The biggest difference between the two is how they’re judged.  With hunters, you’ve got to look pretty, be flawless and the judge has to agree.  With jumpers, if you get over everything and are the fastest – you are going to win.  The end.  There’s no arguing with either, because the judge’s decision is always final… but anyone who has shown in the hunters has expressed feelings of “Really?!?”  more than once.

So let’s summarize:  Jumpers can wear cool clothing and tack.  Jumpers jump fun fences.  Jumpers (can) be cheaper to buy.  Jumpers are judged objectively.

So why do I ride hunters?

One last difference I forgot to mention – at recognized shows Jumpers usually don’t start until 2’9″ – 3’0″ height.  That’s like jumping a tiny little person.  I am a huge chicken.  When they’ve got jumper Crossrails at 18″ – Sign me up!

8 thoughts on “Hunters vs Jumpers

  1. I liked your post until your third point of comparison. I love hunters and would like to think of the tack as conservative and classy, not “lame and boring”. Also, I would like to point out the horse you claim to be “worth more than gold” is jumping really badly and the horse “rescued off the track” is doing much better despite the rider. I specialize in training off the track thoroughbreds for hunters. I buy them for very little (or get them for free) and train them to go around a course of jumps in a pleasant and well balance way.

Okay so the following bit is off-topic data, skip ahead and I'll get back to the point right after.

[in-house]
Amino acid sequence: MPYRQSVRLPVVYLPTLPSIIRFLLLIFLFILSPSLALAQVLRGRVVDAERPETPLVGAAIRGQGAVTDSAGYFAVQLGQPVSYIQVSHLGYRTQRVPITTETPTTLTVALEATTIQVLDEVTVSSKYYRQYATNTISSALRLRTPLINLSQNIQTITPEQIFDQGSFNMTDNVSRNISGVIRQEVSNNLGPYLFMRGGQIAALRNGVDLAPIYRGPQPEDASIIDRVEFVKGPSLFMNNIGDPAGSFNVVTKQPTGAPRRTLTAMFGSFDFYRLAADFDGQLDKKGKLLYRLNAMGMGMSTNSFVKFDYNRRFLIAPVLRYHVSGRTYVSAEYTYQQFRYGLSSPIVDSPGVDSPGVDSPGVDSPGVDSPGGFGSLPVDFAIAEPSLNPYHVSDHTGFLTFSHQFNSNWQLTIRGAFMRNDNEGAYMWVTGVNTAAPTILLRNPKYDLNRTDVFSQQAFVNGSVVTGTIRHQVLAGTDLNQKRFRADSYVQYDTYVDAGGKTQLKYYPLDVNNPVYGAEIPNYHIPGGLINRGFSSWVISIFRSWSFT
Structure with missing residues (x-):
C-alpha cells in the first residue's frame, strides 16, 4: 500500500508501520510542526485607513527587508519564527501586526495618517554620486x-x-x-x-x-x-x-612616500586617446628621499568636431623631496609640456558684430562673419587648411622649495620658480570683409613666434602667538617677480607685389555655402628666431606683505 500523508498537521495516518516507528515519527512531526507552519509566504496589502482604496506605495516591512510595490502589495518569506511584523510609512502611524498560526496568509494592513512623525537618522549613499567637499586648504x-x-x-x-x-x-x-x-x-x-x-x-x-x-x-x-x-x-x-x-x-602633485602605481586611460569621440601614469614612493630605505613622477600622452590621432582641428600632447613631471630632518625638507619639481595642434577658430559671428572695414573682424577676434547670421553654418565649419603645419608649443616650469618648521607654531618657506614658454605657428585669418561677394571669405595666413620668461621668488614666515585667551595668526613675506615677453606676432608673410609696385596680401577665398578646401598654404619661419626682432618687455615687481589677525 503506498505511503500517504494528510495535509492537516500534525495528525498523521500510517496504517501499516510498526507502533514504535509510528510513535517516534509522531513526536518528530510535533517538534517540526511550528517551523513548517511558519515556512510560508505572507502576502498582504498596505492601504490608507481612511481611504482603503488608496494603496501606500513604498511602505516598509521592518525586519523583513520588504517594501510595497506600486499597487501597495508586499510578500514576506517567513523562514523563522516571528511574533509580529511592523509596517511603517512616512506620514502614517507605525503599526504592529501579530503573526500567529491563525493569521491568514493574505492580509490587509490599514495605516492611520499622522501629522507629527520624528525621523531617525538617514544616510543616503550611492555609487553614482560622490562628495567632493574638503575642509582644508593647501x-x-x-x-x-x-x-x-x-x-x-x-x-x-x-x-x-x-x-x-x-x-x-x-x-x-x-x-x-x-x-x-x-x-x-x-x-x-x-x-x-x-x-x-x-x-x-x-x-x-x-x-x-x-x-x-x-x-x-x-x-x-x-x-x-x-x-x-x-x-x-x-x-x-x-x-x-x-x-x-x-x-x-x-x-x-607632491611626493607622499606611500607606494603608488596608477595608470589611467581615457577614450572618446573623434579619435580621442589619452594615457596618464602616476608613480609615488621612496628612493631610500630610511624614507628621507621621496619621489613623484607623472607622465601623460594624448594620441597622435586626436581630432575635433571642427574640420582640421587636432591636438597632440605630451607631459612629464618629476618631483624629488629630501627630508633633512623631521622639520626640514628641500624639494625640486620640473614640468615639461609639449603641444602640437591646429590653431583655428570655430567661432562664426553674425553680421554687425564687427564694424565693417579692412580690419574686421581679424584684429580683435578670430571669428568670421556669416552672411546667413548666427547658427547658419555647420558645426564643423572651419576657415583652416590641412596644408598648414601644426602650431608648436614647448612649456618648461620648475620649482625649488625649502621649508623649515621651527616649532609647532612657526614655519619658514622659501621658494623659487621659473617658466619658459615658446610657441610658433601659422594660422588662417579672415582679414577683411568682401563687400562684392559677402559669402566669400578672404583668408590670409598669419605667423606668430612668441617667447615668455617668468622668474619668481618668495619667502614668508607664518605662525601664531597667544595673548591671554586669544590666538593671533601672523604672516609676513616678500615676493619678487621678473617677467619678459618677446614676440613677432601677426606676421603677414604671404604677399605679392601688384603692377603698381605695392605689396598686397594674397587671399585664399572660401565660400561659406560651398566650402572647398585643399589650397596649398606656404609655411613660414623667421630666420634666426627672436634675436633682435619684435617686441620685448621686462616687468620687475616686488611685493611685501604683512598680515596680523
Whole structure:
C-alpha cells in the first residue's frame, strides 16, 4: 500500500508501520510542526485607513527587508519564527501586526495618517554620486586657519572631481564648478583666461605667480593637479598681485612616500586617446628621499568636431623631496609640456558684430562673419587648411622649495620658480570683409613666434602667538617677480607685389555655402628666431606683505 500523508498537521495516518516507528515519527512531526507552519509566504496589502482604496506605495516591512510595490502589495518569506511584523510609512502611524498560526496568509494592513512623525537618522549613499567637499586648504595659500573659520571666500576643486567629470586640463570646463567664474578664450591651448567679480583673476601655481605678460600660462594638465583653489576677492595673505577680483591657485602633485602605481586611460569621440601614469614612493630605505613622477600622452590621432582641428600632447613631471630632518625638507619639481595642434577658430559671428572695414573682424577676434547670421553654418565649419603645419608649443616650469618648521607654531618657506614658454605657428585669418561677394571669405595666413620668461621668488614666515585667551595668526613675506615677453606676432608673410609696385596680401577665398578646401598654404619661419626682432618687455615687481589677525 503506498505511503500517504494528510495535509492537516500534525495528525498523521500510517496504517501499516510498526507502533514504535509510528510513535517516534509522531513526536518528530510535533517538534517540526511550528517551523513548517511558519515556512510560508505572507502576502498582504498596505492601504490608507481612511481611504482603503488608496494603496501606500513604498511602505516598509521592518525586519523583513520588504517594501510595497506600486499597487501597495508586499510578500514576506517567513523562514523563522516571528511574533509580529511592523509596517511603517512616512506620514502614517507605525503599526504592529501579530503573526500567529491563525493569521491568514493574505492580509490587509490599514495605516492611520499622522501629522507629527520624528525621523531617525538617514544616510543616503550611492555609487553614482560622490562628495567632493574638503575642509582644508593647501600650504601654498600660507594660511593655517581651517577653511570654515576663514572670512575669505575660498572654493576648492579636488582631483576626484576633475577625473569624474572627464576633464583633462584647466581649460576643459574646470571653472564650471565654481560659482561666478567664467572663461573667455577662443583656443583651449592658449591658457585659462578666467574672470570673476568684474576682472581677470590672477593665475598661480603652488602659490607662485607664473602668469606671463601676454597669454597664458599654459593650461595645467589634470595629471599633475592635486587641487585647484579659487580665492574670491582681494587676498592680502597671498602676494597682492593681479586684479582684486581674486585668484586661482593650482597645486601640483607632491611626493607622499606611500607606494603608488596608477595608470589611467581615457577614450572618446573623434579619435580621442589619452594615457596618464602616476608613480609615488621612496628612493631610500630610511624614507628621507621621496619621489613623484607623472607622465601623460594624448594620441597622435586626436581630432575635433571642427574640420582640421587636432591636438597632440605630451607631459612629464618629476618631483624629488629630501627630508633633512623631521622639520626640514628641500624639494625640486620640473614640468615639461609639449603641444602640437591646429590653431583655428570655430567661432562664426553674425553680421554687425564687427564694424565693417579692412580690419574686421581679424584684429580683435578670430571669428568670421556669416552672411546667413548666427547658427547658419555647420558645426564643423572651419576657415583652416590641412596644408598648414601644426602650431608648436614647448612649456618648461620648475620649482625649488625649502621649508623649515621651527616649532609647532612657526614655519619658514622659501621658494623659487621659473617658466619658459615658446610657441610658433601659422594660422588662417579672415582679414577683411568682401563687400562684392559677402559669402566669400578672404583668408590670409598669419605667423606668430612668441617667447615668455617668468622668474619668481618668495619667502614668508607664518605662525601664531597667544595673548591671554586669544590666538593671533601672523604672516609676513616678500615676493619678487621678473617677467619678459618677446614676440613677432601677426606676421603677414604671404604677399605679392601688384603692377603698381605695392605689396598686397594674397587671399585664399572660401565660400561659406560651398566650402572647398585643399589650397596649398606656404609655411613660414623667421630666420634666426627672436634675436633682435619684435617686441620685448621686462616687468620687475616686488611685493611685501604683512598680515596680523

Another point that you have not made is that most hunters go in a simple snaffle or a small pelham with a little leverage, where most jumpers go in huge scary bits with leverage out of hell.
    Now, while this is your blog and you can write what you like, I think a little more balanced analysis would be appreciated.

    1. Absolutely, I don’t disagree with any of your points. I think it’s really easy to flippantly summarize both disciplines (which is what I’ve done here), but there is a lot more at hand than what this quick commentary covers. That being said, this post is all in fun and a high level summary at best 😀

  2. Actually, they do have cross rails at 12″ where I live (at schooling shows)! And I agree that jumpers are more fun than hunters. Especially the fact that you can wear coordinating tack, or random stuff!

  3. Geez you had some crabs posting comments on this one. Lighten up people, come on! (Add in for hunter stereotypes: giant sticks up butts… they ride that way and they act that way. Just kidding crabby commenters, please don’t hurt me…)

    Fun fact about me: I showed rated hunters once, and I made the judge gasp in horror. Also, my beautiful perfectly behaved flat kneed lopey mover placed below all of the bucking/leaping/naughty horses in the hack because the judge was upset that her tail was banged and pulled (as per dressage/eventing, which obviously was what we normally did.) I overheard her making quips about the tail to the people sitting next to her as I was passing around on the rail. Fail…

  4. I really enjoyed this article other than your comment about that horse being “rescued” off the track.